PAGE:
The description had a lot of seemingly random words in a loose alphabetical order. From the screenshot, we can see that instead of an elaboration on the history, origin and significance of this NFT piece, we get Rooster Teeth, followed by RWBY, Sage and a whole bunch of League of Legends lingo. Actually searching for RWBY in this description was tricky too, as CTRL+F-ing the page made it crash the browser tab three times I tried it. Copy-pasting the whole description into a word editor showed me how obscenely large it was.
The same style of description was found in every other search result, which is completely understandable. Unpopular NFTs have to resort to lame strategies like that to boost their appearance rate in totally unrelated searches, on the off chance that an idiot will click on a shoddily-made Elon Musk while looking for a painting of two cartoon sapphics. Oh wait.
Objective 2: Making my own NFT
It’s clear that RWBY or NFTs aren’t popular enough to have RWBY artists make their own tokens or the search results are overinflated with unrelated pieces after they crush the search algorithm with random words. In any case, the only way for me to get a Bumbleby NFT is to make my own. Unfortunately, I can’t draw.
Fortunately, friend and contributor to the website Sokaras can, and to help this experiment they graciously drew us our very own Bumbleby doodle, featuring the website logo doing what the writers were too afraid to do in Volume 8: making the bees kiss.
They even made alternate versions with minor changes, just like what’s popular in NFTs! Now that I have the artwork, I need to set up my wallet, sign up for OpenSea, mint the NFT and put it up for sale. Simple, right?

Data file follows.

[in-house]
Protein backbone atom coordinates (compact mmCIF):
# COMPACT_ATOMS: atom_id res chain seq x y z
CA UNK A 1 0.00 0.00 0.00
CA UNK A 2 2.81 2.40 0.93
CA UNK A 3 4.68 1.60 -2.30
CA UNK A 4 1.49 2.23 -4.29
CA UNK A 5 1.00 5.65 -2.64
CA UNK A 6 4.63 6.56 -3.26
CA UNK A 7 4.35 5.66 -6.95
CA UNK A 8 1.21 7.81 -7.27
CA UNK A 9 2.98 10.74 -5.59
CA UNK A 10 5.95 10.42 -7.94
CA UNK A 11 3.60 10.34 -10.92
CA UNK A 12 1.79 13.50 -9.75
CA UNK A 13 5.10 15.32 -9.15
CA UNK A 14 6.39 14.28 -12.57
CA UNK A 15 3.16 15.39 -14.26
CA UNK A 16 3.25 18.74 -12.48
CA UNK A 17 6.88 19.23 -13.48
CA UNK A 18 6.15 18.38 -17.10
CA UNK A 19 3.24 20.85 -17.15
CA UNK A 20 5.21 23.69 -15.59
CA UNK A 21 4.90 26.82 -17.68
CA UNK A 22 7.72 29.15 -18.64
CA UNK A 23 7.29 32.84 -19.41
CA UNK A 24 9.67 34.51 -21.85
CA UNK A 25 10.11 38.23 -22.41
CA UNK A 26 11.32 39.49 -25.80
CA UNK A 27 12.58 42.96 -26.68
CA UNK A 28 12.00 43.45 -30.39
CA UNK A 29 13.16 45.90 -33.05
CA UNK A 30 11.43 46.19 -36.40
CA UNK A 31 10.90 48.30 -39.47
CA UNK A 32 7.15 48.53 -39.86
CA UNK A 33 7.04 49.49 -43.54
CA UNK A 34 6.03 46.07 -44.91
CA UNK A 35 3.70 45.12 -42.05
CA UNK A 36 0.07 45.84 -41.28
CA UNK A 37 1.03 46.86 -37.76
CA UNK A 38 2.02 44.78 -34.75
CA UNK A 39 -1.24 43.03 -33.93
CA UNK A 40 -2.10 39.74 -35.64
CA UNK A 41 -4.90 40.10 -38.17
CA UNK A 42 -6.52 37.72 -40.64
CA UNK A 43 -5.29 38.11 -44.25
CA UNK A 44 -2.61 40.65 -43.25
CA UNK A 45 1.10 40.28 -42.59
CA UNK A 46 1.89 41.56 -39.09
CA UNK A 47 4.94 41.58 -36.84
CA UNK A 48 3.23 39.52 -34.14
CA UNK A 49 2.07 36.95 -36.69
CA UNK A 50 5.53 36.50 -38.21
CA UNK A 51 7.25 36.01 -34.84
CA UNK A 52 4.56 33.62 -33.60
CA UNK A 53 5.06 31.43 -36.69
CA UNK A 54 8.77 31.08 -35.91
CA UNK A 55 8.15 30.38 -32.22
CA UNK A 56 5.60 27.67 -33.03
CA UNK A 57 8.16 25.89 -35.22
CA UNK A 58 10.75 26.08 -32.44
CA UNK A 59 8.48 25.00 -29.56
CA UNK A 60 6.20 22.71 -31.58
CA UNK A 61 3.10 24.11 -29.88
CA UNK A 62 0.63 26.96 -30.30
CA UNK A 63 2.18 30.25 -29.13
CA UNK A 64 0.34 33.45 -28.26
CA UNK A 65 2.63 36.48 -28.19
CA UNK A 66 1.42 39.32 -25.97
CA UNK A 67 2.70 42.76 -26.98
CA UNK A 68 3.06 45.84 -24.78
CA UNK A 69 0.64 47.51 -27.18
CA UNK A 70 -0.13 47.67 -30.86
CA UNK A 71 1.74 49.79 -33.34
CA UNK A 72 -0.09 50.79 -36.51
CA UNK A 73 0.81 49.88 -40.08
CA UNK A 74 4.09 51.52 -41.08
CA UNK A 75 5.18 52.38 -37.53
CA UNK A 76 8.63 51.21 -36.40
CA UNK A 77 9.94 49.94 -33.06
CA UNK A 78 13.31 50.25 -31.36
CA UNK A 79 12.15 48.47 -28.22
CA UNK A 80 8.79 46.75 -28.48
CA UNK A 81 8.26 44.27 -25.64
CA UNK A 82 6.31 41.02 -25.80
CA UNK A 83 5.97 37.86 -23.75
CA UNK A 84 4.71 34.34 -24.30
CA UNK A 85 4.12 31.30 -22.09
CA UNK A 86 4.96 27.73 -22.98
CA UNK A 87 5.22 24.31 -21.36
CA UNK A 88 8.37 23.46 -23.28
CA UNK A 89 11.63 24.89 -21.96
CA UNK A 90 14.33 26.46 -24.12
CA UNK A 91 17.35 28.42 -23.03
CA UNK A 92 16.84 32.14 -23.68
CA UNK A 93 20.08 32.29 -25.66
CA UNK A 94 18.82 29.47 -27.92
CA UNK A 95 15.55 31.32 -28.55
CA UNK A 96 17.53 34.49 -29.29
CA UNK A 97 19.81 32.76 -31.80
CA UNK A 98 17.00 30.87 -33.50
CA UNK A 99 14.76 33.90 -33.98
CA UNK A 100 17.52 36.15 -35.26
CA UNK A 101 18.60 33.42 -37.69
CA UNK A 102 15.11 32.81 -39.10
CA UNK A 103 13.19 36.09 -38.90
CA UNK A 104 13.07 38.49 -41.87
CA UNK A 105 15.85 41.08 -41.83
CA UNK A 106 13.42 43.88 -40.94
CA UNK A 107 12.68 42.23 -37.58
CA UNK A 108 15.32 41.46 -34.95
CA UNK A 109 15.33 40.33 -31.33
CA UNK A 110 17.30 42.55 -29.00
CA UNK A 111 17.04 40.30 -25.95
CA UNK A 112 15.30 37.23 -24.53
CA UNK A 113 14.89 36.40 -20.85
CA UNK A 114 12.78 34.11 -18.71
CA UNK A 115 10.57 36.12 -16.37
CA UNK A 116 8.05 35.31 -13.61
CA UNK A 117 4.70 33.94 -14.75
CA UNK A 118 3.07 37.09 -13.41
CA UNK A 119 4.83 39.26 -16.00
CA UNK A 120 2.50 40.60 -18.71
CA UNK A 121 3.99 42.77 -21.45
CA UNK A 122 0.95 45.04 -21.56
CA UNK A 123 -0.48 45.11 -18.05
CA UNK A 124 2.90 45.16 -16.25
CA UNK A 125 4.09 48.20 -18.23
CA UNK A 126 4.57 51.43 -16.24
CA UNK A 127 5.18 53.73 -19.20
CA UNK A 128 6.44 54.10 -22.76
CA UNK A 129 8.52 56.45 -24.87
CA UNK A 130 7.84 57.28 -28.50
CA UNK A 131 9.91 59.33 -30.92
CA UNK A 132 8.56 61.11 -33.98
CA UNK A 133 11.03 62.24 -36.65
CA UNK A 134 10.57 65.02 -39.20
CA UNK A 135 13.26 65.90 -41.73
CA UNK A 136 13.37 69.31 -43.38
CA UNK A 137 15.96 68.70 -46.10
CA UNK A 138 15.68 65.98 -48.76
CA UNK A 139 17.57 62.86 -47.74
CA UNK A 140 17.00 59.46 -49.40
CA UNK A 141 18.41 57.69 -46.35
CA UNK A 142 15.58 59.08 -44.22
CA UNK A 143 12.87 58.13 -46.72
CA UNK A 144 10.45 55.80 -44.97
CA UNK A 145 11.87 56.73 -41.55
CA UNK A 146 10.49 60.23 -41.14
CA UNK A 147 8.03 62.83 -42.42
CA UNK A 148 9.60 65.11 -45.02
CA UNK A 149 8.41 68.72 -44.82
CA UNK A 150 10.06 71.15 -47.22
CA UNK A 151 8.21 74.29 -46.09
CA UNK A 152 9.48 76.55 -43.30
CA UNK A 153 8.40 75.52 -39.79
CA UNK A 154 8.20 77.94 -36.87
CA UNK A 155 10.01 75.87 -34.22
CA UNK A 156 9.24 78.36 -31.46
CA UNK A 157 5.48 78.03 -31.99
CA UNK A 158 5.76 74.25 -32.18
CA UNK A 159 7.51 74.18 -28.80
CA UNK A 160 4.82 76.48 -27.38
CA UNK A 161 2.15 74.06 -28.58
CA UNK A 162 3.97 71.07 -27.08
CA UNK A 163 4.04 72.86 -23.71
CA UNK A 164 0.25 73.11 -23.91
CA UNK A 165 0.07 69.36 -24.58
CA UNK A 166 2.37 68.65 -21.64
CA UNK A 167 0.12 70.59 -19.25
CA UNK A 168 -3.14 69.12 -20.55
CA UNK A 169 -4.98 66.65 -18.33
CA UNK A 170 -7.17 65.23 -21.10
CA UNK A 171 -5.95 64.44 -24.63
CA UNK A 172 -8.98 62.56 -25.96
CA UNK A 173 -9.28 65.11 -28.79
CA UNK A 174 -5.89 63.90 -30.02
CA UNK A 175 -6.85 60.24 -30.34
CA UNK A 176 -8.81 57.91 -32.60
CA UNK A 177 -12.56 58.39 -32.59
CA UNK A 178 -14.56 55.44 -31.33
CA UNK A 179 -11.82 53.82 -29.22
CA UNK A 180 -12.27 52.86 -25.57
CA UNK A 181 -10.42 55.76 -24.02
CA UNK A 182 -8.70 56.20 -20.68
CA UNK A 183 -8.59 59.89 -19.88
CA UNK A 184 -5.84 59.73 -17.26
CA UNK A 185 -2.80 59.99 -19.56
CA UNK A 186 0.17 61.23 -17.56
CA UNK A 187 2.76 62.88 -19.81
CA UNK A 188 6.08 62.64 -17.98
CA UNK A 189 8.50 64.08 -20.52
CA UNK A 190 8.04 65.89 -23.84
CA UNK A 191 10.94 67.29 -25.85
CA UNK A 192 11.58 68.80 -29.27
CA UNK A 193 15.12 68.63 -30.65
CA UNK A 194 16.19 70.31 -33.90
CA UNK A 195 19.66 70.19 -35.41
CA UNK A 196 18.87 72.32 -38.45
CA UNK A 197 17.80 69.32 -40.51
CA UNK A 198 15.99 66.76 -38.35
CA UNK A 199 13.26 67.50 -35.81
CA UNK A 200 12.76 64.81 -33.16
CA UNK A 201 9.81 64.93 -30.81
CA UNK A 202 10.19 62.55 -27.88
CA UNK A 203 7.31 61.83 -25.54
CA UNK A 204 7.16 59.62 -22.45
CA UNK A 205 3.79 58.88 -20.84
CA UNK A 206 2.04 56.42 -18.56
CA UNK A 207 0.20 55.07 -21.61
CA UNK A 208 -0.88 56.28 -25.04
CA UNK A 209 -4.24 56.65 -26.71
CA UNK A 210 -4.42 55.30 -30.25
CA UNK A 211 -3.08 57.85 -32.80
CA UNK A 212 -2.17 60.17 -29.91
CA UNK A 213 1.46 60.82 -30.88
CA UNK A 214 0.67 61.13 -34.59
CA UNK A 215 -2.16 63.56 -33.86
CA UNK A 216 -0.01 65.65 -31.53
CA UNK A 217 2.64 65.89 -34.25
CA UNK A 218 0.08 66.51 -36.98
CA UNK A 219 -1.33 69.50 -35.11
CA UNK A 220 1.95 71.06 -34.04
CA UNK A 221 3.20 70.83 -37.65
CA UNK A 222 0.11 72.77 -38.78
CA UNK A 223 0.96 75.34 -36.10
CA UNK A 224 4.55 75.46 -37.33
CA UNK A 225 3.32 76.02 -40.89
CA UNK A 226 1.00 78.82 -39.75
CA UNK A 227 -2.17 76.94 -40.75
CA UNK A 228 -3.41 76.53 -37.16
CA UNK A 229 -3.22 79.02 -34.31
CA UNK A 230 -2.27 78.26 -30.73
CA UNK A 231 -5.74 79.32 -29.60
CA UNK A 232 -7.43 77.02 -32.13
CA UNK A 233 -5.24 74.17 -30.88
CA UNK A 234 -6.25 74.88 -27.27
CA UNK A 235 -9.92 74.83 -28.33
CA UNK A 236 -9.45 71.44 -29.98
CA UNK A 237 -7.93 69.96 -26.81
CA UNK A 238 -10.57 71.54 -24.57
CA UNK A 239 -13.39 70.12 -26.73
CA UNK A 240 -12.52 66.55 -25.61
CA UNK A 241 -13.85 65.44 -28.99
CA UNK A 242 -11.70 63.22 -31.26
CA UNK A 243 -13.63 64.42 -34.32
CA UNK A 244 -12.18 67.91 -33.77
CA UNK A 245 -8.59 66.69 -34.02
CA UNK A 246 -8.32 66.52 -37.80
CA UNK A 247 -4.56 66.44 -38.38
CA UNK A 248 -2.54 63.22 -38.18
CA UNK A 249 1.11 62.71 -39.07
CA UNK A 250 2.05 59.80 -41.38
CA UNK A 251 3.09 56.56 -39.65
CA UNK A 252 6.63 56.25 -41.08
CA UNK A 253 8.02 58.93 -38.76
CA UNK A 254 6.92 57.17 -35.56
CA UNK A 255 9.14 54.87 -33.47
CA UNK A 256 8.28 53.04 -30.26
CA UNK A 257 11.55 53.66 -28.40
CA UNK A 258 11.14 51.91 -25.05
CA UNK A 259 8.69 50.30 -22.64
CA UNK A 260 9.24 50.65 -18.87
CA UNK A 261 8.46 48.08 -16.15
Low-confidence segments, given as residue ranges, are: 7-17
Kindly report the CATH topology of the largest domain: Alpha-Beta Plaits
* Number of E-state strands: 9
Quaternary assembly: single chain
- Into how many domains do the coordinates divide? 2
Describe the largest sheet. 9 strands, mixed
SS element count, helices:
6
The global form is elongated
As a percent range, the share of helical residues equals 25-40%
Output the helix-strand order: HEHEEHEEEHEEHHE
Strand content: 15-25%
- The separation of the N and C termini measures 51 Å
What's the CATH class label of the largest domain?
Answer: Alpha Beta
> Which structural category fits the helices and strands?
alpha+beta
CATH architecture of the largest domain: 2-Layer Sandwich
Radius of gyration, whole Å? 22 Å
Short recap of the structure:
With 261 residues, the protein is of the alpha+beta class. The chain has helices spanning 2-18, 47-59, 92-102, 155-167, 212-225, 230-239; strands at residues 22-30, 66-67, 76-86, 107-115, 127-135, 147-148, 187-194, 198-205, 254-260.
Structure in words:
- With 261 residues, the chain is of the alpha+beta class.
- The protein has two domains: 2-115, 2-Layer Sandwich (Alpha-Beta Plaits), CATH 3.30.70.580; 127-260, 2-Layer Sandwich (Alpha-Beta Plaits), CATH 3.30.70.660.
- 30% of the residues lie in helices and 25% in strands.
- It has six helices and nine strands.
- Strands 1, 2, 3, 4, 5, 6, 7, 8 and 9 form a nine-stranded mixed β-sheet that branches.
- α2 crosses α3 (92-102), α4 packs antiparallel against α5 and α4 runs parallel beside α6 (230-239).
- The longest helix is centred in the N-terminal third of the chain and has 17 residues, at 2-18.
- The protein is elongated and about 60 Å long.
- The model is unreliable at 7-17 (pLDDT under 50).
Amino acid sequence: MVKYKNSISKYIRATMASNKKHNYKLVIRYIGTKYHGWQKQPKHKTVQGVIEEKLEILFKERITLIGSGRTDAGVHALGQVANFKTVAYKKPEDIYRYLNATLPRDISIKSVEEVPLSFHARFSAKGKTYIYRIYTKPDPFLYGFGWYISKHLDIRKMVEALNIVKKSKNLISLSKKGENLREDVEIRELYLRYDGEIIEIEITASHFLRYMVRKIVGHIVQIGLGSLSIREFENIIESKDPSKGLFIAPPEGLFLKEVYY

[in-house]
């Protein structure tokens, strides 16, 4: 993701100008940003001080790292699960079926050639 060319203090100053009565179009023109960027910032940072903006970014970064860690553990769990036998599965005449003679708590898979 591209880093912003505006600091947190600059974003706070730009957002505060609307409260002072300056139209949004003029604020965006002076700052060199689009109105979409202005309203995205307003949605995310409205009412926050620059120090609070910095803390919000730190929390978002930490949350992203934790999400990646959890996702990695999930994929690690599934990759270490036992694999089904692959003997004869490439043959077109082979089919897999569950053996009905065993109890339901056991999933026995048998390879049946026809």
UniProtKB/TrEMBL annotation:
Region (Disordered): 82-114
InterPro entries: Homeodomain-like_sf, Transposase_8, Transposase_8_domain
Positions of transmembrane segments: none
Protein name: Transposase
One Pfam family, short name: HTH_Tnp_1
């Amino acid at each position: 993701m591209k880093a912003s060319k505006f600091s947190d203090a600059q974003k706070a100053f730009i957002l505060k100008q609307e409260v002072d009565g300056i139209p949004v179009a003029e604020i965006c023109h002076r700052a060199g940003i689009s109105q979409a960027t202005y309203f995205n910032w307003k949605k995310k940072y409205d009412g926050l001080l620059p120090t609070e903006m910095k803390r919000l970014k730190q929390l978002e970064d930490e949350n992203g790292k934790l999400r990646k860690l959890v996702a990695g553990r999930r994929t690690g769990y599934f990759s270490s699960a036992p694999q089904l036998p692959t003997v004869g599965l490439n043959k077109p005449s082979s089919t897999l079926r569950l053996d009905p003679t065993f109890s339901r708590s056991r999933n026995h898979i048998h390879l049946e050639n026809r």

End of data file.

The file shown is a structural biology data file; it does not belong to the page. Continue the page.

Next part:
Actually creating an NFT was a breeze, to be honest. I signed up for a MetaMask wallet, which works as a browser extension. I’m not a big fan of installing extensions that can read every website I visit, but that’s the price you pay for writing an article about bees. Next, I seamlessly paired it up with OpenSea and uploaded the artwork there, gave it a name and description. Finally, I chose which blockchain I wanted the NFT to be on. I chose the lesser-known Polygon, which has no ‘gas’ fees. If I wanted to sell this NFT on Ethereum instead, I’d have to pay several hundred dollars for the first time and that just isn’t worth it for this experiment. Oh and Ethereum uses up a lot of power and is generally awful to the environment, much more than Polygon. After this decision I pressed submit and the first ever official NFT of bumbleby.com was created.
I wanted to put it up for sale and then donate the proceeds to a charity, but it still feels strange and just not right to sell nothing to people. I wouldn’t be selling this artwork, just a link to it, and it’s not even my own artwork! After all this research, effort and fascination with poorly-made Elon Musk images, its hard to describe the emotions I get now that I finally own an NFT. It’s mostly… empty. The only purpose of an NFT is to sell it, and if you’re like me and you’re not planning to do that… There kind of isn’t a point. It also doesn’t really help that the Bumbleby NFT isn’t even on the blockchain yet – to actually ‘mint’ it, you need to sell it first. Although, I could sell this to myself to mint it and officially put it on the blockchain, the idea of paying upwards of $30 USD for ‘gas’ to buy a link to an image from myself is too dystopian for me. Not only that, but a marketplace filled with mostly stolen art being sold for the express purpose of reselling it later feels dirty, like corrupt system that degenerated after decades of neglect. Except this was all by design, these NFT marketplaces were built for this purpose. And all of this is bundled with the never-ending scams to steal others’ crypto and tokens, the cultish level of fervor NFT supporters show, the ridiculous ‘gas’ fees and the horrifying impact that Ethereum and similar blockchains have on the environment.